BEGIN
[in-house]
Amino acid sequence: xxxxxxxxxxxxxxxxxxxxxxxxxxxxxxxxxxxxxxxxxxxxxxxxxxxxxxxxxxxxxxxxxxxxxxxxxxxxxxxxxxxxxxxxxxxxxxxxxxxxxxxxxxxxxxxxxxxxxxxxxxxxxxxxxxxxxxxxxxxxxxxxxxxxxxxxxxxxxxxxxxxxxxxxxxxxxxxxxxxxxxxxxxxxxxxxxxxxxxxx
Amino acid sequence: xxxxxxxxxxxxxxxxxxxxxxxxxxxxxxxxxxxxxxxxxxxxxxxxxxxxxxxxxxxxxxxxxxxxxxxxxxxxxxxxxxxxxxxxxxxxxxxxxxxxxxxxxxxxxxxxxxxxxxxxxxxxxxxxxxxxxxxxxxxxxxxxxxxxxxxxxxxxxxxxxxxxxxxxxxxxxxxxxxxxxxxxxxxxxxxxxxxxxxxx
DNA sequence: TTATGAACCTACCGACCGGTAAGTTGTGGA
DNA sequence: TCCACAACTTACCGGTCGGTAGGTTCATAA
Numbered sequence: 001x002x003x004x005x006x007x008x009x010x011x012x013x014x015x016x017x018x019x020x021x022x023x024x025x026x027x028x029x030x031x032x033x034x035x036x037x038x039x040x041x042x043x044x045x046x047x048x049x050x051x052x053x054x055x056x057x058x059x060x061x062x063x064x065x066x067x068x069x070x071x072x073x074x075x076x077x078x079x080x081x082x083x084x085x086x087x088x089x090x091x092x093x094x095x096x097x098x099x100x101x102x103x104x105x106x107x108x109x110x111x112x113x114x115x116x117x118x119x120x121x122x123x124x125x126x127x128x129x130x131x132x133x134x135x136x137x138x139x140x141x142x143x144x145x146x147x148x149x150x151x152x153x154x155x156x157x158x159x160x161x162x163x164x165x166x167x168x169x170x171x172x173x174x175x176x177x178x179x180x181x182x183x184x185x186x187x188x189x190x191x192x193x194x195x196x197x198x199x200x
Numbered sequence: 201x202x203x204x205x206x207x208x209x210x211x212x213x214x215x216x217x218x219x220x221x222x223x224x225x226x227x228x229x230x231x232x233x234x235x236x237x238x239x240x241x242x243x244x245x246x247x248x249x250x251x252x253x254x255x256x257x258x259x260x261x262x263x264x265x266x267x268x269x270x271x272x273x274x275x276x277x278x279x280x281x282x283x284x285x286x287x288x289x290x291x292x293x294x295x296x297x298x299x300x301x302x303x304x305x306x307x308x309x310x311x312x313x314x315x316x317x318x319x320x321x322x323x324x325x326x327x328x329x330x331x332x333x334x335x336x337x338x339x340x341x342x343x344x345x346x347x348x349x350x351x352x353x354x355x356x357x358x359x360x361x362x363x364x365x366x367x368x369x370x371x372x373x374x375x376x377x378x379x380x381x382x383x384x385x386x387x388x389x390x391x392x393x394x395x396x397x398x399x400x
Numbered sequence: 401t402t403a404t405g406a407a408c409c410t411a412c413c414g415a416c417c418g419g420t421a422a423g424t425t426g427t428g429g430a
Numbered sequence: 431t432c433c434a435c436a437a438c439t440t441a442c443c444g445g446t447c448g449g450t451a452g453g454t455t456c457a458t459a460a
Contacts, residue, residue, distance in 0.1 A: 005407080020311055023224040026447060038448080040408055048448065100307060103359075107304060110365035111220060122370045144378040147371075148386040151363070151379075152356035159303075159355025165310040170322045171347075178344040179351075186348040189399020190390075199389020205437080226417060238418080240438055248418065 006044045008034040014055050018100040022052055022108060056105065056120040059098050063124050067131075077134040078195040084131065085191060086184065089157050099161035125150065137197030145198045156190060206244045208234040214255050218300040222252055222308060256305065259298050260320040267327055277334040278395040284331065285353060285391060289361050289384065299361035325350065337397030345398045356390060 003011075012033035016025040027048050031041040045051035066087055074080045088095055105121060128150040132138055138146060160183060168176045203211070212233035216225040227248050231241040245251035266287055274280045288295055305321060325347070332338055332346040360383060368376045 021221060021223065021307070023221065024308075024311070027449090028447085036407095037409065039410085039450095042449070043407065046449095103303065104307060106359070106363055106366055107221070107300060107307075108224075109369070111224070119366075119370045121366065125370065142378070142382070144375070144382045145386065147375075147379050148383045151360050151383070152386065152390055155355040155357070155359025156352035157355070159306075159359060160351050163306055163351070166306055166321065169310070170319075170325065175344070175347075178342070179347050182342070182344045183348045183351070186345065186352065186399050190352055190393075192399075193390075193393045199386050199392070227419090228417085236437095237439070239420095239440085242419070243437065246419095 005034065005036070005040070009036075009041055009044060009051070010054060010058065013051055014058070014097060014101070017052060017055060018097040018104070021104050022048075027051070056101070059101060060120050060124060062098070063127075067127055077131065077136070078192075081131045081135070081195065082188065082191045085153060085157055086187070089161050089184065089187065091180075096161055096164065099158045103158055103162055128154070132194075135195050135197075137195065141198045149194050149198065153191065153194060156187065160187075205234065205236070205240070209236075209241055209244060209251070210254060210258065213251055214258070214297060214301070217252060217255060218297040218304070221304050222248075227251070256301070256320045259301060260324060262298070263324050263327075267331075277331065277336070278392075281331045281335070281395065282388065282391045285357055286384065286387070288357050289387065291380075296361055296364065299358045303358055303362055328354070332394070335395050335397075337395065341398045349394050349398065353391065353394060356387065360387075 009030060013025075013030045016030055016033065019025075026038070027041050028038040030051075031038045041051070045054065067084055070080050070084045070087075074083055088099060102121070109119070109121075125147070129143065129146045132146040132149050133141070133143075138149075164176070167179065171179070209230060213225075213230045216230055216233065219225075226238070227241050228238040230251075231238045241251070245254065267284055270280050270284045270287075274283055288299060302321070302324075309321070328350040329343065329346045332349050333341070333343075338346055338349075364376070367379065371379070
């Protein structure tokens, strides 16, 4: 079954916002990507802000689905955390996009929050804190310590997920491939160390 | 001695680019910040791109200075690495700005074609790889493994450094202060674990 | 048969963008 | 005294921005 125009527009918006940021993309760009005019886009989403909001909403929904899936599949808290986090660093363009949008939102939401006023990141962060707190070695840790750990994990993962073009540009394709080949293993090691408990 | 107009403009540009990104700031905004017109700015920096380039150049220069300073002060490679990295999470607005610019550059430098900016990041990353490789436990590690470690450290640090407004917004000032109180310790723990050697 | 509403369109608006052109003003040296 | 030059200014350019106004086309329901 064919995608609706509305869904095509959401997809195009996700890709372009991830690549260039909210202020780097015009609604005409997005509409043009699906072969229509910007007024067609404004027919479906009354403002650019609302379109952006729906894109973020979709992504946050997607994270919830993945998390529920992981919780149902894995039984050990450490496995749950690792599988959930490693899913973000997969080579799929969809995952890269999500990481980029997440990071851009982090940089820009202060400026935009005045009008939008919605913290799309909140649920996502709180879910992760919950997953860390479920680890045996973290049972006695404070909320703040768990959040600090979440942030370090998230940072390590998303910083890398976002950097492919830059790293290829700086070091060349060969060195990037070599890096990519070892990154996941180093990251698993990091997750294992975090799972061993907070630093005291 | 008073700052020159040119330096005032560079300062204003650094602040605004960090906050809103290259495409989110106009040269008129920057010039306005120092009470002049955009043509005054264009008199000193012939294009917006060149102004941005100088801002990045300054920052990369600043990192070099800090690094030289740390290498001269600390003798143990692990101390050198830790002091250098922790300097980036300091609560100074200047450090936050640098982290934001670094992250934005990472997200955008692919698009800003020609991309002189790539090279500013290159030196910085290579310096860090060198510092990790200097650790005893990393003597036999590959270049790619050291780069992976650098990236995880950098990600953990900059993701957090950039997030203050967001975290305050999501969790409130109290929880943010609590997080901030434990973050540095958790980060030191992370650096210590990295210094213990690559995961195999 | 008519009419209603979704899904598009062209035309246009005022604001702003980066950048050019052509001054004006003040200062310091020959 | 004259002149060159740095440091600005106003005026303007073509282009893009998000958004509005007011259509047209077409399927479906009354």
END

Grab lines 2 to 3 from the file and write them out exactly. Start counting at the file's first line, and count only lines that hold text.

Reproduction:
Amino acid sequence: xxxxxxxxxxxxxxxxxxxxxxxxxxxxxxxxxxxxxxxxxxxxxxxxxxxxxxxxxxxxxxxxxxxxxxxxxxxxxxxxxxxxxxxxxxxxxxxxxxxxxxxxxxxxxxxxxxxxxxxxxxxxxxxxxxxxxxxxxxxxxxxxxxxxxxxxxxxxxxxxxxxxxxxxxxxxxxxxxxxxxxxxxxxxxxxxxxxxxxxx
Amino acid sequence: xxxxxxxxxxxxxxxxxxxxxxxxxxxxxxxxxxxxxxxxxxxxxxxxxxxxxxxxxxxxxxxxxxxxxxxxxxxxxxxxxxxxxxxxxxxxxxxxxxxxxxxxxxxxxxxxxxxxxxxxxxxxxxxxxxxxxxxxxxxxxxxxxxxxxxxxxxxxxxxxxxxxxxxxxxxxxxxxxxxxxxxxxxxxxxxxxxxxxxxx